Linked by Thom Holwerda on Sun 19th Jun 2011 18:26 UTC
Windows Way back in old and boring January of this year, Microsoft announced they would be working together with the Windows Phone 7 homebrew community, with the goal of creating a stable, supported way for homebrew developers and people interested in homebrew applications to enable side-loading on their WP7 devices. Well, they took their sweet time, but the ChevronWP7 team (Rafael Rivera, Chris Walsh, and Long Zheng) and Microsoft have just announced the results.
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RE[5]: LOL
by tomcat on Tue 21st Jun 2011 20:59 UTC in reply to "RE[4]: LOL"
tomcat
Member since:
2006-01-06

So you think that being able to program programmable hardware that has been designed to be user-reprogrammable is some sort of magnificent privilege that people should pay an extra for ?

I mean, I'm okay with paying an extra for reprogramming my microwave and fridge, because it requires special hardware and doc and all. But to reprogram a phone, all the homebrew community needs is a command line tool that enables application transfer to the phone, or does it itself if there are fears of DRM breach etc. This takes 20min to code or so when you know the hardware, and it is almost 100% sure that the WP7 team has already had to develop such a tool for internal use anyway. Why should you be charged a significant extra for it ?


There are engineering costs associated with not only opening up a closed phone but providing any kind of programming architecture. Not opening it up means that your test matrix is a lot smaller. You don't have to worry as explicitly about malware trickling into the ecosystem. You have tighter control over the quality of the apps running on the phone. And you can recoup some of your engineering costs by charging a developer license fee.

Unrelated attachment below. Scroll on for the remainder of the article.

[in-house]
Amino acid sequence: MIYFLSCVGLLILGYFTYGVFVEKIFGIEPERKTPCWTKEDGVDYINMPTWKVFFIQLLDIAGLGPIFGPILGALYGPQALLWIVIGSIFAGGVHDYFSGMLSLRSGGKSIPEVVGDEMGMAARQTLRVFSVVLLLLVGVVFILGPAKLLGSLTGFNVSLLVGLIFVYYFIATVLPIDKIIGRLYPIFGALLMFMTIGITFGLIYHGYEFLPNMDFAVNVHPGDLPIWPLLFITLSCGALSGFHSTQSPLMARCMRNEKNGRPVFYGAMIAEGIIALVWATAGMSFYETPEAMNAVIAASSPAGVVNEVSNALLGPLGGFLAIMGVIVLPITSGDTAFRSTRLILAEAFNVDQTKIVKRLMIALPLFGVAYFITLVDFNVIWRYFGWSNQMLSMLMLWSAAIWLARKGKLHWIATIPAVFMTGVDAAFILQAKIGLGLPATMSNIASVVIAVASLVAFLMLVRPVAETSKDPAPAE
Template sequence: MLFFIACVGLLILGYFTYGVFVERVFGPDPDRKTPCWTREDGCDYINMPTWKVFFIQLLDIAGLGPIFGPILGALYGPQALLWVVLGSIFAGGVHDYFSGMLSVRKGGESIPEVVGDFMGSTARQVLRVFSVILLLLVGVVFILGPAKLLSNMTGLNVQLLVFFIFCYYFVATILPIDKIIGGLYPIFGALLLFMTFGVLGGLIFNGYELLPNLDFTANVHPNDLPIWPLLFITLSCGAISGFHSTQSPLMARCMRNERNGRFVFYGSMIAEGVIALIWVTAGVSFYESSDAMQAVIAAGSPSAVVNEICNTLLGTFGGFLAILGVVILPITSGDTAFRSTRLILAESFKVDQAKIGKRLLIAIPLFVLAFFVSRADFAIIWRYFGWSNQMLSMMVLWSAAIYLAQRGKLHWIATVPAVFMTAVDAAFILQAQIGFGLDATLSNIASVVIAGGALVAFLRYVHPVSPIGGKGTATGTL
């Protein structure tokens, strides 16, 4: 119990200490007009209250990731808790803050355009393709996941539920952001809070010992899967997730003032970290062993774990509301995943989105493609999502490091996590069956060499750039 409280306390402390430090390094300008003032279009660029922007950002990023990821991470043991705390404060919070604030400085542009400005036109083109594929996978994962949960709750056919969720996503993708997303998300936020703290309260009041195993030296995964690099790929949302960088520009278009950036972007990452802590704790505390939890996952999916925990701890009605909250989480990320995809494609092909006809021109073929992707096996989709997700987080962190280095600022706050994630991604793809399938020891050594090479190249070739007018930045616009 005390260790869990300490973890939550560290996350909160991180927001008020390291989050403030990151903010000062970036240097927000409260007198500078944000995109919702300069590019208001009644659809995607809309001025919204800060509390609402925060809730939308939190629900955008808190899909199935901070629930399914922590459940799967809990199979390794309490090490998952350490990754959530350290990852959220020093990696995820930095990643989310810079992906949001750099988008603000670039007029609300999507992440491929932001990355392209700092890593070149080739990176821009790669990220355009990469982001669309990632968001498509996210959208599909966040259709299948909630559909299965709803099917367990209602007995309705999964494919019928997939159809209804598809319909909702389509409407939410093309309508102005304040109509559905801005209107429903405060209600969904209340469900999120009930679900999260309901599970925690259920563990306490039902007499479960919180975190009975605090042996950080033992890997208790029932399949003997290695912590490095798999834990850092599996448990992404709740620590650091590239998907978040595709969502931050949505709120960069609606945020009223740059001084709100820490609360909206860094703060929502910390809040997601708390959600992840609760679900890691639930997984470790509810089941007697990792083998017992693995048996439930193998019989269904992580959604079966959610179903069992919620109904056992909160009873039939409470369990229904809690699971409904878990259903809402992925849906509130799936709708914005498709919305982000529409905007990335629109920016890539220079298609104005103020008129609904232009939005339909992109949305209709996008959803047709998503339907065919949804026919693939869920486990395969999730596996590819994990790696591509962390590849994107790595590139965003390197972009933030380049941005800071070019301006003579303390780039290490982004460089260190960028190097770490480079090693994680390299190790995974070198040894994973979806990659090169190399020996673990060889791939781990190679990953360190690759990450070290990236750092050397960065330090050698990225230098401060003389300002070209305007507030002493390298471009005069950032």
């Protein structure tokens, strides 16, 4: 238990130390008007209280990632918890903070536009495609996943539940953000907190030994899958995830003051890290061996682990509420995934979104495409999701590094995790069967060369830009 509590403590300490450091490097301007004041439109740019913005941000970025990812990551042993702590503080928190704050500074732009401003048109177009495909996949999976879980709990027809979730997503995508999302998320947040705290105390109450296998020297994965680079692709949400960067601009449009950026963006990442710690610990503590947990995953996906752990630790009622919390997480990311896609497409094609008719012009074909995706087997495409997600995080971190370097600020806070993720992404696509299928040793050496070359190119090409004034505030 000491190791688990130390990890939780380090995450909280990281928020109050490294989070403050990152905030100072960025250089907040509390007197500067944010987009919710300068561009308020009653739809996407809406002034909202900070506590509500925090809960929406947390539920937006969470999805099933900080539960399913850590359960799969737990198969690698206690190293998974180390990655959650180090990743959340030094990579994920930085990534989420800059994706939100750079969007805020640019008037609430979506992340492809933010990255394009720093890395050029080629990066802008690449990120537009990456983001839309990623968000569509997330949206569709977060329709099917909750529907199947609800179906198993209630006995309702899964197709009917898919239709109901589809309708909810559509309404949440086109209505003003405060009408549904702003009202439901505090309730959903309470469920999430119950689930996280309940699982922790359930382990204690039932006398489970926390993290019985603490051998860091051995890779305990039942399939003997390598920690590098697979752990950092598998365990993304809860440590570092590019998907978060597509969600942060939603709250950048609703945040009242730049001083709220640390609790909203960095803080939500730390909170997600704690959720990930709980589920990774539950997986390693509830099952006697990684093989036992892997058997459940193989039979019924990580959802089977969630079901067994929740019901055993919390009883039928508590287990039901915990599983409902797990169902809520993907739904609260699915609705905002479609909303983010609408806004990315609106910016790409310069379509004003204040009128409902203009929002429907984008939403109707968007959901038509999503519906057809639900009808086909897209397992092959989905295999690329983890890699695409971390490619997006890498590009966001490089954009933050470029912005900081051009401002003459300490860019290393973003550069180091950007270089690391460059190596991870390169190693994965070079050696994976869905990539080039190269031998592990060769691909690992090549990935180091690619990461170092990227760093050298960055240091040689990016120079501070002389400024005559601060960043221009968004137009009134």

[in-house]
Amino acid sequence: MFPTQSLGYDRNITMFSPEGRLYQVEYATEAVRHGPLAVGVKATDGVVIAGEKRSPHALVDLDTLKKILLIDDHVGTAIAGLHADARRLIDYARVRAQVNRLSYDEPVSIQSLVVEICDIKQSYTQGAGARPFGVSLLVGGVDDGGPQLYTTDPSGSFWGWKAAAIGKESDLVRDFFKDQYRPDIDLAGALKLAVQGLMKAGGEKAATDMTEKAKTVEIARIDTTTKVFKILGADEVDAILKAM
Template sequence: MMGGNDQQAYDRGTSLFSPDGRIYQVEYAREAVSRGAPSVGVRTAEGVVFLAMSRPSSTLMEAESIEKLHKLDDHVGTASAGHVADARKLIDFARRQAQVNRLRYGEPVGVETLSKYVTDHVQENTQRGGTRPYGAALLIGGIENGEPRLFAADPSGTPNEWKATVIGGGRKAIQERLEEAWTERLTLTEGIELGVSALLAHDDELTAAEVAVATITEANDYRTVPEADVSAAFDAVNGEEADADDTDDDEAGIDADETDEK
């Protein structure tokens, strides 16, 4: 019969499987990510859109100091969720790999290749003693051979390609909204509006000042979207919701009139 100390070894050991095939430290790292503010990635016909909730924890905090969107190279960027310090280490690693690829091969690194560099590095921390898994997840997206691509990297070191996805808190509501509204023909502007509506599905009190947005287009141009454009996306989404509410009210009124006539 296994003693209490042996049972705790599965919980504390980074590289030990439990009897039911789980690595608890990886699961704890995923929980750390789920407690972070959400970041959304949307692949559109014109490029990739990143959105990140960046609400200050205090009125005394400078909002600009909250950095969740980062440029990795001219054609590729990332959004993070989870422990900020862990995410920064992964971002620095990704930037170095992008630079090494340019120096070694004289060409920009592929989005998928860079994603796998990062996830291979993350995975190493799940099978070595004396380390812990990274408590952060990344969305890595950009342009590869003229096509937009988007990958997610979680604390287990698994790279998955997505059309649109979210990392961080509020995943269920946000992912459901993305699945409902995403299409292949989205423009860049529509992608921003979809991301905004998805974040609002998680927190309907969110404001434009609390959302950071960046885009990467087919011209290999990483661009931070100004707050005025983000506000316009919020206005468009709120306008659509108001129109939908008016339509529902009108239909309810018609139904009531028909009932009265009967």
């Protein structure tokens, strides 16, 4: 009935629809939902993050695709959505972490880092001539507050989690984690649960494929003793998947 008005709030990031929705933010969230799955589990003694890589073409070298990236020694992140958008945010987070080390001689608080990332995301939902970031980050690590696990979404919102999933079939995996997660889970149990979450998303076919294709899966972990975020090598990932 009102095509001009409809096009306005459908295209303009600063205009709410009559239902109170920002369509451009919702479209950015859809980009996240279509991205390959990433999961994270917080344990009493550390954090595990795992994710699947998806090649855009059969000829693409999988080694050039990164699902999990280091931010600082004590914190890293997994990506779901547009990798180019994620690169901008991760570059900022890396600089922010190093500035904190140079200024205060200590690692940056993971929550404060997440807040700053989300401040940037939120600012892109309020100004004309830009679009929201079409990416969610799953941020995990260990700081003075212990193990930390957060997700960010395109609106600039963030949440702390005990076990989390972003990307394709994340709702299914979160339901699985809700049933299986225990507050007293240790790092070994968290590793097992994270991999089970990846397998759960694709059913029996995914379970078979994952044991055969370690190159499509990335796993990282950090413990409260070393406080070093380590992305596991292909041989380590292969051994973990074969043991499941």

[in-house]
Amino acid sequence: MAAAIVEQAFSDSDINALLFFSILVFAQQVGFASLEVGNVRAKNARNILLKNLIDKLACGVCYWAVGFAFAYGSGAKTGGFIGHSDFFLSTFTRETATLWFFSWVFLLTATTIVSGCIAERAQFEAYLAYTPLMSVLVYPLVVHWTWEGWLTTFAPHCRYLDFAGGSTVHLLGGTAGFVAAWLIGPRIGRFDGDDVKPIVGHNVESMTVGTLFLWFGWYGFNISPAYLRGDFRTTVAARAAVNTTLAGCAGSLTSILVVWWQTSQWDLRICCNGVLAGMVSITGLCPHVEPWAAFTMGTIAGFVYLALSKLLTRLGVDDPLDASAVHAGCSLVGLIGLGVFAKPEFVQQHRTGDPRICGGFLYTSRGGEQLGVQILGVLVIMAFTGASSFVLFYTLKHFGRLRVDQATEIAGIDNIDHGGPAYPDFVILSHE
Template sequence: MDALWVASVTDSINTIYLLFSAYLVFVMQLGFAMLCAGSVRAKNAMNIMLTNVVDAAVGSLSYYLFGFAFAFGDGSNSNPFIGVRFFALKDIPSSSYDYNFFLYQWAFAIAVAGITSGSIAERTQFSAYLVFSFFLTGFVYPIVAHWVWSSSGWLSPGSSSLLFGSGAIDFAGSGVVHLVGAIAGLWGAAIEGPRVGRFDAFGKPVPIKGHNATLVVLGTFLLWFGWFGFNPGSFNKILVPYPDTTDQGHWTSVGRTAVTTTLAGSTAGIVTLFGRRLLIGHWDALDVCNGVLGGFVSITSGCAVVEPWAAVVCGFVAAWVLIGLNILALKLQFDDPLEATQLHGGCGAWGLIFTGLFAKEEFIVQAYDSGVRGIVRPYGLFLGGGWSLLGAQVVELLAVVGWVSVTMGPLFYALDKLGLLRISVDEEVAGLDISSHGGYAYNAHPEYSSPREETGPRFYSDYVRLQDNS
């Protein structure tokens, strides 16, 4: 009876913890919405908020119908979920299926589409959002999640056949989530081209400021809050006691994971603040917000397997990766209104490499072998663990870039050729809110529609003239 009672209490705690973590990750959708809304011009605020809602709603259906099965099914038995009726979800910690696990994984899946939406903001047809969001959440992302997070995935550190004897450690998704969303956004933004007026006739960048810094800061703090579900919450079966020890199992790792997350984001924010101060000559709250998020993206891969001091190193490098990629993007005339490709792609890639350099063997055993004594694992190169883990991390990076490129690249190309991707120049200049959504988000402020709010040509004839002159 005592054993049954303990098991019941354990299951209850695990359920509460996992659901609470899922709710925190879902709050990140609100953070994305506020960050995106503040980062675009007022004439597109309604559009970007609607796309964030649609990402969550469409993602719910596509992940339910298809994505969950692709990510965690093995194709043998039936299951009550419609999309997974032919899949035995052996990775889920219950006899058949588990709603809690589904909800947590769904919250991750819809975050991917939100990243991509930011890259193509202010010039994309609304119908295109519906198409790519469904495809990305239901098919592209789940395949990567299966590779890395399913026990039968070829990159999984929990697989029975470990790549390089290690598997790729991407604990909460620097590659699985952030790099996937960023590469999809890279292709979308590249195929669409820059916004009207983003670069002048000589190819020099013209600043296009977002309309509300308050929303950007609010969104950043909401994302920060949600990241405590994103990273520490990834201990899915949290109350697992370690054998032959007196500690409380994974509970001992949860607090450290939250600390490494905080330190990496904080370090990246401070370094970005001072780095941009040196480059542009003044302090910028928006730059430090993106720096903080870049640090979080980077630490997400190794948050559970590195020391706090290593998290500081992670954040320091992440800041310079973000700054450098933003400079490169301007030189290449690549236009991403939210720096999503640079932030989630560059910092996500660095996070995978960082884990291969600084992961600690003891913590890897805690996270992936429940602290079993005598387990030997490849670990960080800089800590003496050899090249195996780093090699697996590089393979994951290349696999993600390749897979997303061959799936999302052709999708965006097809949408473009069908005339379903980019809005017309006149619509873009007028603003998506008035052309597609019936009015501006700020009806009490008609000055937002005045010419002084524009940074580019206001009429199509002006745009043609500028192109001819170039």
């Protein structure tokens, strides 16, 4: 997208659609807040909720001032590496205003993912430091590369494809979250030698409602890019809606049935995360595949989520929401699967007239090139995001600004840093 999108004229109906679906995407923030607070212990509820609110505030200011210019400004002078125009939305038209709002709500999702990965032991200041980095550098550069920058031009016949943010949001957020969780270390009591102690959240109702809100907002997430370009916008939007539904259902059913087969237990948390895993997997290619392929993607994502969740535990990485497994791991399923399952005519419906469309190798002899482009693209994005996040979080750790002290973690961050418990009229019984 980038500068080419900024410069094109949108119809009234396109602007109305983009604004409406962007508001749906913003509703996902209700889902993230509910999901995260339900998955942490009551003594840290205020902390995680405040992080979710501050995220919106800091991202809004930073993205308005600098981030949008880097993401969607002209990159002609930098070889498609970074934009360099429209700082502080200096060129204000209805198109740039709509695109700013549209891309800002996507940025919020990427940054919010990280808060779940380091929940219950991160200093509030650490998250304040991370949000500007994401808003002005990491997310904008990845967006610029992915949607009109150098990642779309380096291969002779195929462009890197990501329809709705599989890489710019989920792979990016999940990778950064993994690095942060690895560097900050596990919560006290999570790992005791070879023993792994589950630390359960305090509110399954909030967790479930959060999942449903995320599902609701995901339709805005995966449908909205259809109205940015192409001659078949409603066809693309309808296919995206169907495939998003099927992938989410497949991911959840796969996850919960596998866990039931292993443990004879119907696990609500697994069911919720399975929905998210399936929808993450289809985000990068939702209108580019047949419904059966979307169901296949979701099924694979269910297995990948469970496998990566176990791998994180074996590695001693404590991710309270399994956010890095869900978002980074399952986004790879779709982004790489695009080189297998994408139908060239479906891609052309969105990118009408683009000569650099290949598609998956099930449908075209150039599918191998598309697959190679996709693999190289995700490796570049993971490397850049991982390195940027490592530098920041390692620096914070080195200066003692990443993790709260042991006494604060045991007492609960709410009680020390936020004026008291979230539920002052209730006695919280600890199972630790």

While that may be anathema to people who are used to giving away their time for free -- or expecting others to do so, that's simply the way that most consumer electronics devices work. If you want to play in their sandbox, open up your wallet and dust it off. These are for-profit enterprises. PCs are not analogous because they can be built with off-the-shelf components. Try building your own phone. It requires significant engineering investment.

Edited 2011-06-21 21:00 UTC

Reply Parent Score: 2

RE[6]: LOL
by Neolander on Wed 22nd Jun 2011 05:40 in reply to "RE[5]: LOL"
Neolander Member since:
2010-03-08

There are engineering costs associated with not only opening up a closed phone but providing any kind of programming architecture. Not opening it up means that your test matrix is a lot smaller. You don't have to worry as explicitly about malware trickling into the ecosystem. You have tighter control over the quality of the apps running on the phone. And you can recoup some of your engineering costs by charging a developer license fee.

I'm not comfortable with that reasoning for some reasons :
1/You'll need a documented and tested low-level interface for device manufacturers to code drivers anyway.
2/People pay quite a lot of money for their phone, either directly or through their phone plan (with a nice premium in the latter case). Shouldn't part of that money cover the engineering costs of the operating system ?